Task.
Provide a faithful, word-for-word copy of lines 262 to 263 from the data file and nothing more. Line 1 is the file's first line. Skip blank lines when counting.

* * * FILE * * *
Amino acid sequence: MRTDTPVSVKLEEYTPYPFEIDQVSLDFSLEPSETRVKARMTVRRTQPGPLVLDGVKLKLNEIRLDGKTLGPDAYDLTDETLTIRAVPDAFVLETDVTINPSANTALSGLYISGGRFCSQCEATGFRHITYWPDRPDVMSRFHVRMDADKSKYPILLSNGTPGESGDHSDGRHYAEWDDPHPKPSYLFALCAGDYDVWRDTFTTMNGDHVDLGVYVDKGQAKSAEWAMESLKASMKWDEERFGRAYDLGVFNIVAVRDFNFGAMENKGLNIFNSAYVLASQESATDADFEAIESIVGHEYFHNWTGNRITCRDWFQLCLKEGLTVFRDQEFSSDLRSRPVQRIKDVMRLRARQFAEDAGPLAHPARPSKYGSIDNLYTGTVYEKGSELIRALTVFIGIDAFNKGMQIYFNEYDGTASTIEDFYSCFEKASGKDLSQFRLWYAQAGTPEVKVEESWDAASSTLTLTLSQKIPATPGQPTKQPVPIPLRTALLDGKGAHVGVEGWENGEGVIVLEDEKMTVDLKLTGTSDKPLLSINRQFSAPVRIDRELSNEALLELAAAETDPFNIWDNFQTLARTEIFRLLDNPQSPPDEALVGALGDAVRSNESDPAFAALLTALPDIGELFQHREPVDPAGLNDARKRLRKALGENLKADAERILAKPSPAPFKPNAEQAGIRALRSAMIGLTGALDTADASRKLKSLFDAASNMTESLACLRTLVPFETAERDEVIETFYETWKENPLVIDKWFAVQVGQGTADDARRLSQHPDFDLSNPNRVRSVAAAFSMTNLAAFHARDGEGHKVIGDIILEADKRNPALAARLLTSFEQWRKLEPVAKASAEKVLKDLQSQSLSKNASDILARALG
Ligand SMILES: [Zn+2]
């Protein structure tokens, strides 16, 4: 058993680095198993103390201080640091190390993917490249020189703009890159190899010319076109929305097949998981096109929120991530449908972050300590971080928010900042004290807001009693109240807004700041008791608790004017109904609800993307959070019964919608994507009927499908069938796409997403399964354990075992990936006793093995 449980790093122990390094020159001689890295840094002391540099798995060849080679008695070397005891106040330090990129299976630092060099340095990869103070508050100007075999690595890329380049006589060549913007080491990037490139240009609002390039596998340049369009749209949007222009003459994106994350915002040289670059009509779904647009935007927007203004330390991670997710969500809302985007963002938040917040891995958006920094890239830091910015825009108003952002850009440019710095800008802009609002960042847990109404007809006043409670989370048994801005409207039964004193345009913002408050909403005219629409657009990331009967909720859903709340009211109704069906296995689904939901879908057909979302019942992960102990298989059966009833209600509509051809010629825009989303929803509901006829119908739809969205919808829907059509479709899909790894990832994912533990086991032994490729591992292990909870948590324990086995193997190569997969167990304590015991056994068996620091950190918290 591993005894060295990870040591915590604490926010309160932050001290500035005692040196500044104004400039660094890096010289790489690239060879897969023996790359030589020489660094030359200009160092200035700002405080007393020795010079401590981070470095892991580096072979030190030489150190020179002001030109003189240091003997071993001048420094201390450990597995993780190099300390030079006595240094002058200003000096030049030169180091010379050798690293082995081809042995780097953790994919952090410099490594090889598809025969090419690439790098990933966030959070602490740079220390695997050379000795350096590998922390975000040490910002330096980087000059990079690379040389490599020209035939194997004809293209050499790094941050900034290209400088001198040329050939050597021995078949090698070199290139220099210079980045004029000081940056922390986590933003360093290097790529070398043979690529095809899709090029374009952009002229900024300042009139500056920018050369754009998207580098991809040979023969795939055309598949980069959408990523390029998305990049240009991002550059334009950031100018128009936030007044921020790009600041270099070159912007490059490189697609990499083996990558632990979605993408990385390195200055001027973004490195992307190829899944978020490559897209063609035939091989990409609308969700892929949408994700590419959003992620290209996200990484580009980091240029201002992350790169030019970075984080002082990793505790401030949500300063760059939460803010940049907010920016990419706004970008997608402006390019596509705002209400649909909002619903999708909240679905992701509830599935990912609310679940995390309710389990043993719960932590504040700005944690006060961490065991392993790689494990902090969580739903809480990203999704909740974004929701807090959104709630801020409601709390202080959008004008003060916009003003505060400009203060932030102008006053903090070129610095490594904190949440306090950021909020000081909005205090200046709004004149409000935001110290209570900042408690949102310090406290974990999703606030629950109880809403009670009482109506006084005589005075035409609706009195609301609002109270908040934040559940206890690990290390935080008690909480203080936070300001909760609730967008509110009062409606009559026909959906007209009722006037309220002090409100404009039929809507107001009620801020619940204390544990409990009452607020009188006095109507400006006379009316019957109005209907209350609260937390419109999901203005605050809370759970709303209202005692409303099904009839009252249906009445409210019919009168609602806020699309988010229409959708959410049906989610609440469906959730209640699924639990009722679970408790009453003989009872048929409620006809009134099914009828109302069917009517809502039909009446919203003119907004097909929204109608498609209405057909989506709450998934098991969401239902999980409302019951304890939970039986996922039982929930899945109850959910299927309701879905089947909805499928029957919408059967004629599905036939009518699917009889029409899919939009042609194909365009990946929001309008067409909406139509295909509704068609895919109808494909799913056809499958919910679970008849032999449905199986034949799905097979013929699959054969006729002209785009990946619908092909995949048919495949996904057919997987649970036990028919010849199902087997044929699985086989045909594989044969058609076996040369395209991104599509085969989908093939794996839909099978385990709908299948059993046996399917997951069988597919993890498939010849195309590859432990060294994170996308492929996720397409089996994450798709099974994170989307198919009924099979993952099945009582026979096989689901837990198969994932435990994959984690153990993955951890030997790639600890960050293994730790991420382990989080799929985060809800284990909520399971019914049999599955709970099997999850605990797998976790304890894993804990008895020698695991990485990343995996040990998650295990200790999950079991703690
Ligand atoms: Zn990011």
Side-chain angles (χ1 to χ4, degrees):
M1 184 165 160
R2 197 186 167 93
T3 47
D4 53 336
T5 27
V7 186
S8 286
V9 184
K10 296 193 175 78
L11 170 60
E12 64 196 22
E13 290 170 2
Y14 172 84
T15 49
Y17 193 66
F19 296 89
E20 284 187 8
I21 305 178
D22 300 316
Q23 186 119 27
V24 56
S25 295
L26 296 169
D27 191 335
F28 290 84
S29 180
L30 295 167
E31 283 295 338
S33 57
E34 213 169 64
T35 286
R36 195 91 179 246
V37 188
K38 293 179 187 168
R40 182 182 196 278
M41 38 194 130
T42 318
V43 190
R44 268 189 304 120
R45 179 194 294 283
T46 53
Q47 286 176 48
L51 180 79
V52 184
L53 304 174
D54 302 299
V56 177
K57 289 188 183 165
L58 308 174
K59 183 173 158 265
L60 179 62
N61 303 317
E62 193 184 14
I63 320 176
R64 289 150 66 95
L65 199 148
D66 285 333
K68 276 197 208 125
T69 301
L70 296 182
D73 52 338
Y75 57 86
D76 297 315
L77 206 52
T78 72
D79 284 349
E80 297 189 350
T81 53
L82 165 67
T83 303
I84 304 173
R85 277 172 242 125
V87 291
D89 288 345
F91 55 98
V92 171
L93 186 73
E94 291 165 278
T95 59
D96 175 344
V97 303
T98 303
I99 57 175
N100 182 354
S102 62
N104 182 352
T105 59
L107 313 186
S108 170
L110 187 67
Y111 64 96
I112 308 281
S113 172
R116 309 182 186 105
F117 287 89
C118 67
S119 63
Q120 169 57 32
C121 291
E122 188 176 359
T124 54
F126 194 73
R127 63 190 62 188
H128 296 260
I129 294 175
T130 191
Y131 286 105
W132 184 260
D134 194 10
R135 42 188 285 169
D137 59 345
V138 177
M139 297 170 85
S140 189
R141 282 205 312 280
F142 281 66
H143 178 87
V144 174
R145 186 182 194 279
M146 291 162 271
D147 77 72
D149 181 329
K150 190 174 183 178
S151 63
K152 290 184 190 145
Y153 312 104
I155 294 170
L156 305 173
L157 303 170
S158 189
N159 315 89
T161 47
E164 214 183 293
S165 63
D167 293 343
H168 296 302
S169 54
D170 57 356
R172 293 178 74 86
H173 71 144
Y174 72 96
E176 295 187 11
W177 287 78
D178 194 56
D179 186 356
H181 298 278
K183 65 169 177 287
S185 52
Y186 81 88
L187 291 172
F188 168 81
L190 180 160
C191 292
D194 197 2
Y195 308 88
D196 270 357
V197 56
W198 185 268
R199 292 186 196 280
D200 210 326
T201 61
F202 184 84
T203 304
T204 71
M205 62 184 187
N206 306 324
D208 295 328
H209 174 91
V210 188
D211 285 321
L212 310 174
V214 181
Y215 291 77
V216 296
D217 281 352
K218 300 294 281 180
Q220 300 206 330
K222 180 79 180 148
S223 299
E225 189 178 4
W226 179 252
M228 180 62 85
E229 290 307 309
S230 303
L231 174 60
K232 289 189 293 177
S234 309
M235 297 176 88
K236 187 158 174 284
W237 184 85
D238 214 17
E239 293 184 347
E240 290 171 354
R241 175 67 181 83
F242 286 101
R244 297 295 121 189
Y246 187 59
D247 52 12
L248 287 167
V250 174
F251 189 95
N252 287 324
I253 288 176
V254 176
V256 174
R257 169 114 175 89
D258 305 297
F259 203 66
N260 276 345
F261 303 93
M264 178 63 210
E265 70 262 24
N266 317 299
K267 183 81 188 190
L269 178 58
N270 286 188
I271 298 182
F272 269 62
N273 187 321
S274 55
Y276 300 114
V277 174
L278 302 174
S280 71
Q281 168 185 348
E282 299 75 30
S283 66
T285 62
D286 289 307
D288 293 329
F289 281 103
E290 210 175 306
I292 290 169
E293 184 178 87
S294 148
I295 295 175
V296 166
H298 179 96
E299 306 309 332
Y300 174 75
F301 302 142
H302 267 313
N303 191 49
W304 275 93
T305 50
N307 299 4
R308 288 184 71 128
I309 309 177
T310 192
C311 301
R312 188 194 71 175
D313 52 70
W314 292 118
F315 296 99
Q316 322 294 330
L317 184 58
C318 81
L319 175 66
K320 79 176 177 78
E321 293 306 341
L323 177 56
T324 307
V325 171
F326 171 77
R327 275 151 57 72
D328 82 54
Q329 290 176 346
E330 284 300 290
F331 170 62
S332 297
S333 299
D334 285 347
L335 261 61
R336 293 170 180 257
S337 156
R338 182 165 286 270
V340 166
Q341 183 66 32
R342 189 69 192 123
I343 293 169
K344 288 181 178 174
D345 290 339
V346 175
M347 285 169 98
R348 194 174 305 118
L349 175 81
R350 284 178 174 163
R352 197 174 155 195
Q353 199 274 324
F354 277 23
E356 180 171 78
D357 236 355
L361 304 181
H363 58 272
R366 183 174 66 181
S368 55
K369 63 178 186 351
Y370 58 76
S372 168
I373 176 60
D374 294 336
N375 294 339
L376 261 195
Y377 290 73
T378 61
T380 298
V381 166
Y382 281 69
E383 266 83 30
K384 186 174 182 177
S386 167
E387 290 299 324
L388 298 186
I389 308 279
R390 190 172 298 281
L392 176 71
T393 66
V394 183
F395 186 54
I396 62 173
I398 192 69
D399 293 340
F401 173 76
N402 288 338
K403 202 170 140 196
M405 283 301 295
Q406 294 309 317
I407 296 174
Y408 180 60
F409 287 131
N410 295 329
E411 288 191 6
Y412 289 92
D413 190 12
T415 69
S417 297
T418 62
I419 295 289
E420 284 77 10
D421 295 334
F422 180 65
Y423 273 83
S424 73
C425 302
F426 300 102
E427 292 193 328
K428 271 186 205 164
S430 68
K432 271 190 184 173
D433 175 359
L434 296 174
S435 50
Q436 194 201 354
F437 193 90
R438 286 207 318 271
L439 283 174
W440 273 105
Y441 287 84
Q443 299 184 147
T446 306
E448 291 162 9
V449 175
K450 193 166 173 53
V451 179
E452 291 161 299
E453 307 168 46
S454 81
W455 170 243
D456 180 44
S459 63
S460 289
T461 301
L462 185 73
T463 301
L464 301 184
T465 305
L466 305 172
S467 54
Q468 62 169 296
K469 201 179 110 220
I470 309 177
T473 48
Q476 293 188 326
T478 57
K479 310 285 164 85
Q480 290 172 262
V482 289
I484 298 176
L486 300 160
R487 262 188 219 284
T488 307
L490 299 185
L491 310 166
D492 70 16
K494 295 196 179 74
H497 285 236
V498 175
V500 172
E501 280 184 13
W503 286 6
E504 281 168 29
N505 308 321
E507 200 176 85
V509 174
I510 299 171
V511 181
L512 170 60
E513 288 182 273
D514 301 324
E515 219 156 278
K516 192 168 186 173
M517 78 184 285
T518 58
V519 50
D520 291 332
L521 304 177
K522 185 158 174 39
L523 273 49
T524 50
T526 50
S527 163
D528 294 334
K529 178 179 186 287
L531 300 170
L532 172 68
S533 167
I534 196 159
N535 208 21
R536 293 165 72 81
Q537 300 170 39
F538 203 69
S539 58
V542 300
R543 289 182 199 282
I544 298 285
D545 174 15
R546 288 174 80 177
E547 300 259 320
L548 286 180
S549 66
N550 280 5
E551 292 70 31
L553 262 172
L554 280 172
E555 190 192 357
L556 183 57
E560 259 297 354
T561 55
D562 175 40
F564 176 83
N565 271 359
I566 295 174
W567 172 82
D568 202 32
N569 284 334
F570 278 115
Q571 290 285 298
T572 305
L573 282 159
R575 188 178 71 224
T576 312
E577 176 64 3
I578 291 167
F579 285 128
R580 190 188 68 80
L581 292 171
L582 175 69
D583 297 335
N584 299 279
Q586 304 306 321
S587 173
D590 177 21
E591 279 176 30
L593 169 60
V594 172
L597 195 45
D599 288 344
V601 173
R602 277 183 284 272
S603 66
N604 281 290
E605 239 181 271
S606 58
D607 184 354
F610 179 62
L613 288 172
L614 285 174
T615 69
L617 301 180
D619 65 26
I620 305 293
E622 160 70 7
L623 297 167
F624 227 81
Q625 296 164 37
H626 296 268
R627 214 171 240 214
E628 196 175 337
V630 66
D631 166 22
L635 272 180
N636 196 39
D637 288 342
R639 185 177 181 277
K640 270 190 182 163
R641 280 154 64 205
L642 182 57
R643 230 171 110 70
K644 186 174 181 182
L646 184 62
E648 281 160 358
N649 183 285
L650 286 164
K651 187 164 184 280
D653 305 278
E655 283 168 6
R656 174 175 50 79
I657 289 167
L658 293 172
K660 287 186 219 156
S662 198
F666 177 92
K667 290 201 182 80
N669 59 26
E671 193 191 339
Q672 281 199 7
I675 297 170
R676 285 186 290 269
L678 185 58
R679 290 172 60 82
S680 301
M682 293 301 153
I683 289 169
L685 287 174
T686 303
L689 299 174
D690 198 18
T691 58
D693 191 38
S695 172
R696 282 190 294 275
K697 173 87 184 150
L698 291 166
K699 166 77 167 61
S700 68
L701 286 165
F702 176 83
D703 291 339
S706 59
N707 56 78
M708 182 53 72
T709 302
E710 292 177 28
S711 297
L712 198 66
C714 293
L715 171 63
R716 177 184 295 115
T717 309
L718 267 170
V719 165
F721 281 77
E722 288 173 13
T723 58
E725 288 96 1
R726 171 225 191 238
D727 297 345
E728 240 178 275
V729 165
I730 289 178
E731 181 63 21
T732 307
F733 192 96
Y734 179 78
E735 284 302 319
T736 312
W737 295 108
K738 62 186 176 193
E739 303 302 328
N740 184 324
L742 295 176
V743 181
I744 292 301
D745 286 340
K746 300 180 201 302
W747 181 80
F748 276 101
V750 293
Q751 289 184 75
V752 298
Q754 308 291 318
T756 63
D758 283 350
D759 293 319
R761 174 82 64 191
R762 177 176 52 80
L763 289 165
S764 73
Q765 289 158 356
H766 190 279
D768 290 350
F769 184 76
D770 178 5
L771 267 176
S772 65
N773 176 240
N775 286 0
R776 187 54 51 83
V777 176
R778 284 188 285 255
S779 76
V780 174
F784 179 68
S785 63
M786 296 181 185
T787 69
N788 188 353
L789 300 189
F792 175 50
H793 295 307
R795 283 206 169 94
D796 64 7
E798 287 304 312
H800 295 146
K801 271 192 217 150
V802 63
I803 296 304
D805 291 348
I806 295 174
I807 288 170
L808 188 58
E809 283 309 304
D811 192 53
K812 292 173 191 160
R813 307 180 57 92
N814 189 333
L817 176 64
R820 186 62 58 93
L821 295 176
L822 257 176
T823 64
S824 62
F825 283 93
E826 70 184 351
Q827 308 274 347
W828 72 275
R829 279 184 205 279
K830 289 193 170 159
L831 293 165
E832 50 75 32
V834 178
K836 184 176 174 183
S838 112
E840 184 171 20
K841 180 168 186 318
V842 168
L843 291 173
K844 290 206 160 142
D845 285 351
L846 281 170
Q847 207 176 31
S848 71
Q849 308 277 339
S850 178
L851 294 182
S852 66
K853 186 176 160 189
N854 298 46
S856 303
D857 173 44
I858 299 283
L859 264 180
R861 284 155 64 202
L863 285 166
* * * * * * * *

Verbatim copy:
C318 81
L319 175 66